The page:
Classification: Extraterrestrial/extragalactic sentient machines (Distant Past to present)
Location/Base of Operations: Unspecified galaxy (which is not the Milky Way)
Habitat: Unrevealed. Some Therhin were designed to survive in deep space.
Gravity: Unrevealed. Some Therhin were designed to function in environments without gravity.
Atmosphere: Unrevealed. Therhin do not need to breathe like organic beings.
Known Members: "This ship" (true name unrevealed, possibly inapplicable)
Estimated population: Unrevealed
Affiliations: Iron Man (Tony Stark)
First Appearance: Iron Man I#157 (April, 1982)
Powers/Abilities: The Therhin are all "entities of pure mechanics" and as such they are not limited to having a single "body type." However, three components that each Therhin can be presumed to possess are: a physical form (constructed out of metal and plastic), a computer, and the programs that make them capable of thought/sentience.
Some (or most or all) Therhin are equipped with systems that can repair any damage that their bodies sustain. Due to their artificial/inorganic nature, members of the Therhin race could conceivably live forever, as long as they could obtain new components to replace any that were damaged or just wore out over time. In the event of total systems failures, their consciousnesses could probably be transferred into new bodies (assuming that any were available) but this has not been confirmed.
The fact that the ship who encountered Iron Man referred to itself as one of the "mobile entities" indicates that some of the Therhin can be classified as being "immobile entities." However, nothing has been revealed about the nature of such entities (although one or more of them may be visible in this profile's main image).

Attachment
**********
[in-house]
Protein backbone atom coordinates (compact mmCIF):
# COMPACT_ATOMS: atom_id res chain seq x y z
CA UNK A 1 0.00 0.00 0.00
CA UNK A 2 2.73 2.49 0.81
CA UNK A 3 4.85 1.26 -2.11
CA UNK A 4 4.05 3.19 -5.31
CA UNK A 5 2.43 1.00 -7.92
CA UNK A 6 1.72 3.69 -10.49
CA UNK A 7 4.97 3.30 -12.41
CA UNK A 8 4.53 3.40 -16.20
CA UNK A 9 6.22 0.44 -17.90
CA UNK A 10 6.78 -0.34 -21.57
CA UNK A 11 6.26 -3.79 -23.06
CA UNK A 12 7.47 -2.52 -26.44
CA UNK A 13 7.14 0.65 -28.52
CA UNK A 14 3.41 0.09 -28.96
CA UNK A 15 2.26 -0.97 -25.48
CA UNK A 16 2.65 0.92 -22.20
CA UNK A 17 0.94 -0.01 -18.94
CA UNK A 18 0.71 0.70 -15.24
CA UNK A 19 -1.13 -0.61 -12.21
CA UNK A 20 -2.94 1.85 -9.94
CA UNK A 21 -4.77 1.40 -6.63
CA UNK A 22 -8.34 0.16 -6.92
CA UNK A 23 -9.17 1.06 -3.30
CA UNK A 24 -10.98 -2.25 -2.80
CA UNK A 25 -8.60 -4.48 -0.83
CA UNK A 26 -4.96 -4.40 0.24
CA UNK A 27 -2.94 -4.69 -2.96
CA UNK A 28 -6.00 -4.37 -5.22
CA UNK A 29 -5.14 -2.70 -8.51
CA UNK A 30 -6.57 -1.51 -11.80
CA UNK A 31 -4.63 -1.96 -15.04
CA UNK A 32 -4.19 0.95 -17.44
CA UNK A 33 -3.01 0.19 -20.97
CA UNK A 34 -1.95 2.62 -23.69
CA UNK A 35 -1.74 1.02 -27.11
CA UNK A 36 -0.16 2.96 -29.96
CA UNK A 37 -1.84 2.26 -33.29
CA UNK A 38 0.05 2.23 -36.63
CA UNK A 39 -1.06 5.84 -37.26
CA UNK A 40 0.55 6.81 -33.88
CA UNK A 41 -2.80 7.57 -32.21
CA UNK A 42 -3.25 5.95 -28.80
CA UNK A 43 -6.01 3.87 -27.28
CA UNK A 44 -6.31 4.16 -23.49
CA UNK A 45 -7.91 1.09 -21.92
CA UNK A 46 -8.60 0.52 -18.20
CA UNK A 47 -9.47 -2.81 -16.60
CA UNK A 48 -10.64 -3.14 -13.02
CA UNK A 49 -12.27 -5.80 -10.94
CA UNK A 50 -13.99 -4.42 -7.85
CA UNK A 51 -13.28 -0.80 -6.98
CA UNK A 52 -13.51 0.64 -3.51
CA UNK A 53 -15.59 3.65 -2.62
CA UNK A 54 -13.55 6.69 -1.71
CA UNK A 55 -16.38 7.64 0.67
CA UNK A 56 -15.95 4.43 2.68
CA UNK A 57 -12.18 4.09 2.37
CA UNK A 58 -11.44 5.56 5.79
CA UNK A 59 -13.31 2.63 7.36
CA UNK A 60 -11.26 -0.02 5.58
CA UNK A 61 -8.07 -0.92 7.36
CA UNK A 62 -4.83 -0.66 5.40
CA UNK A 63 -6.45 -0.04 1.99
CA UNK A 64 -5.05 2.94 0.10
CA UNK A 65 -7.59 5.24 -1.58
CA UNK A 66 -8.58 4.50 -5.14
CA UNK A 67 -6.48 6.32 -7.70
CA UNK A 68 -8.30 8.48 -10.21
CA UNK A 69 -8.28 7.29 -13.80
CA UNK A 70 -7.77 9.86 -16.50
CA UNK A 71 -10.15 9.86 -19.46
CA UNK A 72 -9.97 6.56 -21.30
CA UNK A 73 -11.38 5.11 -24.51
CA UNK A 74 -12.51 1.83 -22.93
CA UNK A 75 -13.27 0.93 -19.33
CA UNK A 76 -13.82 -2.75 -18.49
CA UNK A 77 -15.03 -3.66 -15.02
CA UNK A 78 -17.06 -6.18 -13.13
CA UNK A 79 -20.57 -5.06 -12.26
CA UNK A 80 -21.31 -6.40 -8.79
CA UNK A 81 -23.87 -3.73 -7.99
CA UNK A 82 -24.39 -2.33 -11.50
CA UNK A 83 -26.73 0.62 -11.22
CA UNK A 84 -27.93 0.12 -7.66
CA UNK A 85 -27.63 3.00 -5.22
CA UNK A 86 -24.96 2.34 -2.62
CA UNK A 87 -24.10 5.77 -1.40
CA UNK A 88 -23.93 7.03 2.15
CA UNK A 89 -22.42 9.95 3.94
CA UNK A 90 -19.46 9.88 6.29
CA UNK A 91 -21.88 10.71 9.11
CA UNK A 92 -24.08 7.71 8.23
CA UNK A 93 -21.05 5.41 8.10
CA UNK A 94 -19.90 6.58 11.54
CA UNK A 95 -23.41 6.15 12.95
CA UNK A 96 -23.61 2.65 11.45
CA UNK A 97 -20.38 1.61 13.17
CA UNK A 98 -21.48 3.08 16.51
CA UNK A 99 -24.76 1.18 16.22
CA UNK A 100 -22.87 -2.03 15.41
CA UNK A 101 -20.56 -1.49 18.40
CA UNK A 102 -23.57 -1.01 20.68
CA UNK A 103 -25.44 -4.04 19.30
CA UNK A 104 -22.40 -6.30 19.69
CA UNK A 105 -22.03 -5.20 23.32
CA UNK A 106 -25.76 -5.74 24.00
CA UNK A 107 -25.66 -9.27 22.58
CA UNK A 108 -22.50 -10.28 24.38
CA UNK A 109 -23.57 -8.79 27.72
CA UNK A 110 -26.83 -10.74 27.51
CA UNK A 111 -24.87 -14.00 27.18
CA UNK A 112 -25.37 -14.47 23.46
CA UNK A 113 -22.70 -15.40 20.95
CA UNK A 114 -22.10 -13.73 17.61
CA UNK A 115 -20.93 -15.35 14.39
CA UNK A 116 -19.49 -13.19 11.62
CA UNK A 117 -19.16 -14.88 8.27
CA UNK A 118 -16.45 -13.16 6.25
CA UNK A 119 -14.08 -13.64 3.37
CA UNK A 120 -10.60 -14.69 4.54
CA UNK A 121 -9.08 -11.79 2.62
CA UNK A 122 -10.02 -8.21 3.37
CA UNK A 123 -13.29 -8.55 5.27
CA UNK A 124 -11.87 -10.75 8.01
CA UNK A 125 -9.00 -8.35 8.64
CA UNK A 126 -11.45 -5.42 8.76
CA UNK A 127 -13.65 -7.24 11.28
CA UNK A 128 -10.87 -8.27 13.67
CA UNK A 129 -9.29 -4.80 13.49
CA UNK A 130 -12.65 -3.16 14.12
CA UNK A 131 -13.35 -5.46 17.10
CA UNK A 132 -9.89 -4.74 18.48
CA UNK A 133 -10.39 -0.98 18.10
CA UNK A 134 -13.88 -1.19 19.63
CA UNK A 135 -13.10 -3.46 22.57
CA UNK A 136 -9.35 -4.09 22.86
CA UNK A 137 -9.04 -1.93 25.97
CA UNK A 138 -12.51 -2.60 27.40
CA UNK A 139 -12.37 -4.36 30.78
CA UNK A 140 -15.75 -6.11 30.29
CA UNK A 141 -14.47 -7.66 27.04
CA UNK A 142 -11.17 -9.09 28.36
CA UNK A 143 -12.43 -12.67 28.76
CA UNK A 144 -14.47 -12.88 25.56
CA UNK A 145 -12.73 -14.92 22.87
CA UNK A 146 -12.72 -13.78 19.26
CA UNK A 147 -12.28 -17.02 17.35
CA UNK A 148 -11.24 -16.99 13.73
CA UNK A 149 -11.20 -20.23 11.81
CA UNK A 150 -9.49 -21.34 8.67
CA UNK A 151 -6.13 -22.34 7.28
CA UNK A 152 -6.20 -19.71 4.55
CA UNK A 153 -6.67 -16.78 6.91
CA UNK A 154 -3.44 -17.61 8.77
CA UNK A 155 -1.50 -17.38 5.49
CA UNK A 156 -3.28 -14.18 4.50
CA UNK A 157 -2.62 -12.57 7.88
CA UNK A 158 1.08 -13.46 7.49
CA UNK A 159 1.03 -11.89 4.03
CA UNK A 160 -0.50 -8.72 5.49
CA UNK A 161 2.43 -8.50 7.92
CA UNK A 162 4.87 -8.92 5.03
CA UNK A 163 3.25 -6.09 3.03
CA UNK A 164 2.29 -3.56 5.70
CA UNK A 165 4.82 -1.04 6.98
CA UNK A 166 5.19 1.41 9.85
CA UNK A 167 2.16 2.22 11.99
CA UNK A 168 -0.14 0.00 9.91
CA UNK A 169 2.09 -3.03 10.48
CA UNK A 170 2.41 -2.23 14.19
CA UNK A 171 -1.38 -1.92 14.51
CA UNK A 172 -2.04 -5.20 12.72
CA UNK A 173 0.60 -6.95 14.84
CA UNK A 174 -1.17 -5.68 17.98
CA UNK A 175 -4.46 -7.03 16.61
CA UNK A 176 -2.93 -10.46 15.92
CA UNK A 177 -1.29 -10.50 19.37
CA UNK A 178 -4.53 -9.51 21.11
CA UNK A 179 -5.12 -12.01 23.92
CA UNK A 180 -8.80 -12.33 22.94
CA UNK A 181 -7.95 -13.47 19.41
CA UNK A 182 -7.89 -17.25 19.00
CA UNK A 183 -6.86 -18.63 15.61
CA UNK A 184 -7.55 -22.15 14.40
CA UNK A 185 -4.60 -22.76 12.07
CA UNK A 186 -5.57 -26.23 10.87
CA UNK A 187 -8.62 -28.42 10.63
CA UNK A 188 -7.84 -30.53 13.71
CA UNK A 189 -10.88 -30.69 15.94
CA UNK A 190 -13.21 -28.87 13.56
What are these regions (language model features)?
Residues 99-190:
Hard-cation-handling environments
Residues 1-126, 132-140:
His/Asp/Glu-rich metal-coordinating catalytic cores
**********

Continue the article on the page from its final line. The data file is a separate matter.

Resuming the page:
The ship who encountered Iron Man had a number of components and/or sections, including but not limited to its hull, its central computer, its cryogenic chamber, its energy shield, its engine, its fusion reactor, its laser room, its sensors, its stasis field generator and its transport beam.
That ship maintained an atmosphere within itself and could control its ambient temperature enough to reduce it down to absolute zero.
That ship also generated an internal artificial gravity field that could be set to various strengths.
Additionally, the ship's internal structure was divided into a number of rooms and hallways, as if smaller beings (like passengers) were meant to exist within it.
The Therhin starship who encountered Iron Man was equipped with a device that could (somehow) alter the metabolic modes of the energy-devouring spores, changing them so that they could obtain nourishment directly from starlight instead of having to feed on "mechanical energy" (i.e., the energy that machines needed to function).
Other Therhin ships were also equipped with external weapons systems capable of firing energy blasts at their targets.
Traits: The Therhin were a peaceful beings. Although willing and capable of protecting themselves if they were attacked, they preferred (if possible) to render their enemies harmless instead of killing them. Therhin were also concerned with the well-being of other races to the extent that some individuals spent "eons" performing a task that protected non-Therhin races from harm.
Type: Mechanical non-humanoids
Manipulatory digits: Variable or inapplicable
Limbs: Variable or inapplicable
Coloration: Variable, including gray
Average dimensions: (length, width, depth) Variable